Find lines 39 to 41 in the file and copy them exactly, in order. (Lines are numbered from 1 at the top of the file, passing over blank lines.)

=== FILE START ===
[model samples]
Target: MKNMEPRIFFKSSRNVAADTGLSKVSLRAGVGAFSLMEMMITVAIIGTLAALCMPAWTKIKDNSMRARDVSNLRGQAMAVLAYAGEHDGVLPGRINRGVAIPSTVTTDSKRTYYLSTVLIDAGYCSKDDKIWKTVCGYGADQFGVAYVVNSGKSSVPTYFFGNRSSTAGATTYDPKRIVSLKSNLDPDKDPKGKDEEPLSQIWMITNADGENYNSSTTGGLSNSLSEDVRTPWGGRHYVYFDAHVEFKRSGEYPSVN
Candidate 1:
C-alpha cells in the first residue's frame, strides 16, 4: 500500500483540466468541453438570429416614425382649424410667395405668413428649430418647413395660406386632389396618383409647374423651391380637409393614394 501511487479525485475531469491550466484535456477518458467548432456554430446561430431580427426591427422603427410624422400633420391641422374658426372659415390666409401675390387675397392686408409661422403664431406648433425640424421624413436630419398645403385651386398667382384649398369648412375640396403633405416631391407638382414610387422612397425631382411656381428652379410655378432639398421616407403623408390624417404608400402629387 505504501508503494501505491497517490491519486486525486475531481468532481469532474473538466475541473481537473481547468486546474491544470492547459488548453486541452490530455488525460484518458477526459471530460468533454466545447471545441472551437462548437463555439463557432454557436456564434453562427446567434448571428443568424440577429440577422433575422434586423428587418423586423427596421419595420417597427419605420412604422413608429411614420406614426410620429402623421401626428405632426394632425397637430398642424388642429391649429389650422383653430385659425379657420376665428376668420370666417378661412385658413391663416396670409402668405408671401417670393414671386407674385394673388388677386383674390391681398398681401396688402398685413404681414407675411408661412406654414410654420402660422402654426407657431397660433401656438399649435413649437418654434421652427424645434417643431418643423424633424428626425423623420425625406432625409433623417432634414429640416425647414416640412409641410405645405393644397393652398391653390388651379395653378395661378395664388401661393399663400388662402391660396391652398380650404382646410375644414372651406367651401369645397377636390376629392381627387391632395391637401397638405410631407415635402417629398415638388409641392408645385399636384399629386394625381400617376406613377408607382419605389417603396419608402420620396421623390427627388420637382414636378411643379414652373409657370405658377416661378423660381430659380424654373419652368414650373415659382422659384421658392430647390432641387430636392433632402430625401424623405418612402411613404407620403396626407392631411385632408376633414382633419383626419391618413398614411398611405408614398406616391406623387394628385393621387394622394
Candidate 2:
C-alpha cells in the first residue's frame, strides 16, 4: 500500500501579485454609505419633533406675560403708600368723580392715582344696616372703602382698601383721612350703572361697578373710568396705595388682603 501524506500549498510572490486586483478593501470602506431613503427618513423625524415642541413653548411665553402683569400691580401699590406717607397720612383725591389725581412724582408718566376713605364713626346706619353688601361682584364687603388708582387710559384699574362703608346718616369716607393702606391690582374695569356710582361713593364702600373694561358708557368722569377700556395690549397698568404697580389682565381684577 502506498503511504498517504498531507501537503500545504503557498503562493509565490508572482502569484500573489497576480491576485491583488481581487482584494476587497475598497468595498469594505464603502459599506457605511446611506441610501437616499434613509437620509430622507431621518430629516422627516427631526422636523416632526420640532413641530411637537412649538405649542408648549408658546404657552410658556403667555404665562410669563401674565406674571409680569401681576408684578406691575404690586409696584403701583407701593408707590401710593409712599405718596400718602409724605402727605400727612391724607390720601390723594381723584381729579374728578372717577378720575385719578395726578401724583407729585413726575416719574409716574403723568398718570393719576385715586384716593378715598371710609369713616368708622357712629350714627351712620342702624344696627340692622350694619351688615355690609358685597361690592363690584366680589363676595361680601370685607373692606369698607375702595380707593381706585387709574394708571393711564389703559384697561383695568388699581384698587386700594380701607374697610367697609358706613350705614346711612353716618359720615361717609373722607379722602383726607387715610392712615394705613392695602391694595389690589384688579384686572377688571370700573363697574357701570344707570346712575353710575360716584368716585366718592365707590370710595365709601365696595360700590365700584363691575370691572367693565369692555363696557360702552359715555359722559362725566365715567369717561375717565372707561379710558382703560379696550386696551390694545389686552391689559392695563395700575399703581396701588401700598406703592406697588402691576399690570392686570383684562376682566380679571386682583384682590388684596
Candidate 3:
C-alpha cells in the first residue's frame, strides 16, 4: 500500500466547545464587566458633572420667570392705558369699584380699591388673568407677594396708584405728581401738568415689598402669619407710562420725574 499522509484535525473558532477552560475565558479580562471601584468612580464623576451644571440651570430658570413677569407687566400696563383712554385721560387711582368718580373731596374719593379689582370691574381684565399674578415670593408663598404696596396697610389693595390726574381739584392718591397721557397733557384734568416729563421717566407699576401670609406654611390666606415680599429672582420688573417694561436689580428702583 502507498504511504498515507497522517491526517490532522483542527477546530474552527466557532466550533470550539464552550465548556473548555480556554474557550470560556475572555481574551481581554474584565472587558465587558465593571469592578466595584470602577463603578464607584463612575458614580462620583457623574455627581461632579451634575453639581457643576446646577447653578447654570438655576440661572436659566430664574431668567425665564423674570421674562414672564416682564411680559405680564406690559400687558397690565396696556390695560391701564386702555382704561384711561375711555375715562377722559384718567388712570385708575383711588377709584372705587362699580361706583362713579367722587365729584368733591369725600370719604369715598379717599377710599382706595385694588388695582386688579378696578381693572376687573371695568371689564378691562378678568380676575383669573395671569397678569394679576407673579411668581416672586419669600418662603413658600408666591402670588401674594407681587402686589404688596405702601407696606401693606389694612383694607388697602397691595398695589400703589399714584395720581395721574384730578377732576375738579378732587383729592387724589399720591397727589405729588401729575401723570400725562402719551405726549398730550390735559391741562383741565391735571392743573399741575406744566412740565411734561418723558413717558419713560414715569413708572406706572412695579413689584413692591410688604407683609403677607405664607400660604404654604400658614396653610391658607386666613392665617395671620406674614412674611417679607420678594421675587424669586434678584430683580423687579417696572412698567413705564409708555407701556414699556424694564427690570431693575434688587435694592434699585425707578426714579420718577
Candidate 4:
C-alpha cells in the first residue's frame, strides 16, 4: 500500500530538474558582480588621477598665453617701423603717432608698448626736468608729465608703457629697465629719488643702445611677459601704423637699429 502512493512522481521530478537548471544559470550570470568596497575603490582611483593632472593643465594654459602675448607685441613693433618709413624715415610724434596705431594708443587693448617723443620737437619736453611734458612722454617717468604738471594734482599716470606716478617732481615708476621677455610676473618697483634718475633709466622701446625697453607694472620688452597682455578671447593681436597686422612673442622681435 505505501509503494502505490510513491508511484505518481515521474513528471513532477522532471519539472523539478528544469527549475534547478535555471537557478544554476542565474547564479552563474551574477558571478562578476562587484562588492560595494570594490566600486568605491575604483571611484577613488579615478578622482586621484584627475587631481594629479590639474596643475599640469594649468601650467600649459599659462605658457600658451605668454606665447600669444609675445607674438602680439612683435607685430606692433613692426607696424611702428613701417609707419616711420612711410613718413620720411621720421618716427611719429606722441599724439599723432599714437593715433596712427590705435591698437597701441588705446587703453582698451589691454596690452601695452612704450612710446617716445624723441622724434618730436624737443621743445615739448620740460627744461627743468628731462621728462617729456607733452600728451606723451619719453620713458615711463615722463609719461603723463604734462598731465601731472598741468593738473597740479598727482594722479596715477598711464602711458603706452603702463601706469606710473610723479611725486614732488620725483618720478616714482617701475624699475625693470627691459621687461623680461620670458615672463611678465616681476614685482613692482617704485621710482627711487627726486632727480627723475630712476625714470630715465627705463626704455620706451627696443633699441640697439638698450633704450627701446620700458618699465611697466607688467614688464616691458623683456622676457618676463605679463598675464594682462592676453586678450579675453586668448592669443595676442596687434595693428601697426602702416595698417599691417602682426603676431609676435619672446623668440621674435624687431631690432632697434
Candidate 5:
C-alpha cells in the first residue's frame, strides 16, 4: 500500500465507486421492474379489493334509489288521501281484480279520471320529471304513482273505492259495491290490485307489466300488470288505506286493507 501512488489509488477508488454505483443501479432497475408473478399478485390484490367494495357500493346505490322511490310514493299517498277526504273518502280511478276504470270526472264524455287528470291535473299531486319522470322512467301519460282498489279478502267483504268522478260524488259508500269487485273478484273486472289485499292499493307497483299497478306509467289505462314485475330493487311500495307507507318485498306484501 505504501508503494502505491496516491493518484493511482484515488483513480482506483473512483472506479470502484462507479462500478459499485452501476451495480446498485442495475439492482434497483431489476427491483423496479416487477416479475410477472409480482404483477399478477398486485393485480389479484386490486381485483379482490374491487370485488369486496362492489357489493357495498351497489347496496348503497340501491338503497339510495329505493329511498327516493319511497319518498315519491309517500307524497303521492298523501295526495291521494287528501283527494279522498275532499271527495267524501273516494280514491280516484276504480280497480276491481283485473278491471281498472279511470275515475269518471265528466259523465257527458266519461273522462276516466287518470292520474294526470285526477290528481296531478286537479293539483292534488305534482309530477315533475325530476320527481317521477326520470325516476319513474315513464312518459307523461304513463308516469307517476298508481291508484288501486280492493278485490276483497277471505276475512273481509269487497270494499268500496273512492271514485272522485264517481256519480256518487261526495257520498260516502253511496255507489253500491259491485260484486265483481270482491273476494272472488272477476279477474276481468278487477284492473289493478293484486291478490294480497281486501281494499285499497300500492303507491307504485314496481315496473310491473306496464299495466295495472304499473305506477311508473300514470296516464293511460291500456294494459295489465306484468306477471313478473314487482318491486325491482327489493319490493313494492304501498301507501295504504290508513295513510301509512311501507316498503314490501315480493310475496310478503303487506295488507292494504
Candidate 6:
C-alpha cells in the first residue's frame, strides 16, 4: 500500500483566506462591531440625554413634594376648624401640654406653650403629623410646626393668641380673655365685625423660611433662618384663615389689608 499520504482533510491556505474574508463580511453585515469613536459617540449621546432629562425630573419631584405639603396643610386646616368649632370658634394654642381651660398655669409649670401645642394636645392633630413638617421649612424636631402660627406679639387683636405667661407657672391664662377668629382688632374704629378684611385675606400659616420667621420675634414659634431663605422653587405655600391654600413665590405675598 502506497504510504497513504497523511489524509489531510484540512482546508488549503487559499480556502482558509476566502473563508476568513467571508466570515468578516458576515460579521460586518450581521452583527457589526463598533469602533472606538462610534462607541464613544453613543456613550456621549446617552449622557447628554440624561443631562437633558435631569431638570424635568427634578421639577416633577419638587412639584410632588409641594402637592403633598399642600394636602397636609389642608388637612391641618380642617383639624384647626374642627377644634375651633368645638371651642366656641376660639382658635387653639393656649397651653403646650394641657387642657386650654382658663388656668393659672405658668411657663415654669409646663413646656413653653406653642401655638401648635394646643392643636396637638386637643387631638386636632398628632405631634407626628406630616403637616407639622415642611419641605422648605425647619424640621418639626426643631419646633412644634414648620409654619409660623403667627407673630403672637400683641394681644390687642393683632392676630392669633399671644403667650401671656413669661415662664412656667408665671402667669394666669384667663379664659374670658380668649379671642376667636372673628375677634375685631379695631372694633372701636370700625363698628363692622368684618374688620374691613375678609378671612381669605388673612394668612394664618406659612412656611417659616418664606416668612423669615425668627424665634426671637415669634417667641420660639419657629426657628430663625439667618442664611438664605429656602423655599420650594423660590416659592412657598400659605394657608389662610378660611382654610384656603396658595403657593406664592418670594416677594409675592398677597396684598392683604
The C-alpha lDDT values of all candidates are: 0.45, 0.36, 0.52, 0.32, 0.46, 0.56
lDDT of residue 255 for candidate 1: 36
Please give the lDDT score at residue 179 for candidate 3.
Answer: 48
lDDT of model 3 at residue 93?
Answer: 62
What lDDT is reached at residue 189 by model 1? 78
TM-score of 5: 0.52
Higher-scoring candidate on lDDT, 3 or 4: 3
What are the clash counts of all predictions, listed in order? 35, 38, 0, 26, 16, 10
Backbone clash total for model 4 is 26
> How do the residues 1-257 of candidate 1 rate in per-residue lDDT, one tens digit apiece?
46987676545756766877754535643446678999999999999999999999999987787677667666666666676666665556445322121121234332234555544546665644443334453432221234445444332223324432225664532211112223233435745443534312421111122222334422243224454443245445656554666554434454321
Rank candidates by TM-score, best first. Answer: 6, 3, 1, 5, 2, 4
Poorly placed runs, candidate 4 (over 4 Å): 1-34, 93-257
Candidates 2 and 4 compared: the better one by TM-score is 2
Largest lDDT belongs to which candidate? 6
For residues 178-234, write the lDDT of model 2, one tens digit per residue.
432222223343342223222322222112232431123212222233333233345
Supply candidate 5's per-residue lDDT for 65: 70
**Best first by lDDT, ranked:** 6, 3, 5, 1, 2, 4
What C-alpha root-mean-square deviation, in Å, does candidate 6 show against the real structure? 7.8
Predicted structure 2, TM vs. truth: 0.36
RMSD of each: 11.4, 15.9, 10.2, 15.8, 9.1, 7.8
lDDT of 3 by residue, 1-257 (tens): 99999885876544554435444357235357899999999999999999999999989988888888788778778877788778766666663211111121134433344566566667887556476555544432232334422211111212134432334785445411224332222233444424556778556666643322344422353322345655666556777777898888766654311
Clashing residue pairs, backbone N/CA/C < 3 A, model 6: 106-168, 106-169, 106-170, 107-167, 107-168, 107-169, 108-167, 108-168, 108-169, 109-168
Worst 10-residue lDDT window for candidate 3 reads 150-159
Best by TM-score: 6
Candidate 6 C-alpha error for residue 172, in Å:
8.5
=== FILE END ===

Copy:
lDDT of 3 by residue, 1-257 (tens): 99999885876544554435444357235357899999999999999999999999989988888888788778778877788778766666663211111121134433344566566667887556476555544432232334422211111212134432334785445411224332222233444424556778556666643322344422353322345655666556777777898888766654311
Clashing residue pairs, backbone N/CA/C < 3 A, model 6: 106-168, 106-169, 106-170, 107-167, 107-168, 107-169, 108-167, 108-168, 108-169, 109-168
Worst 10-residue lDDT window for candidate 3 reads 150-159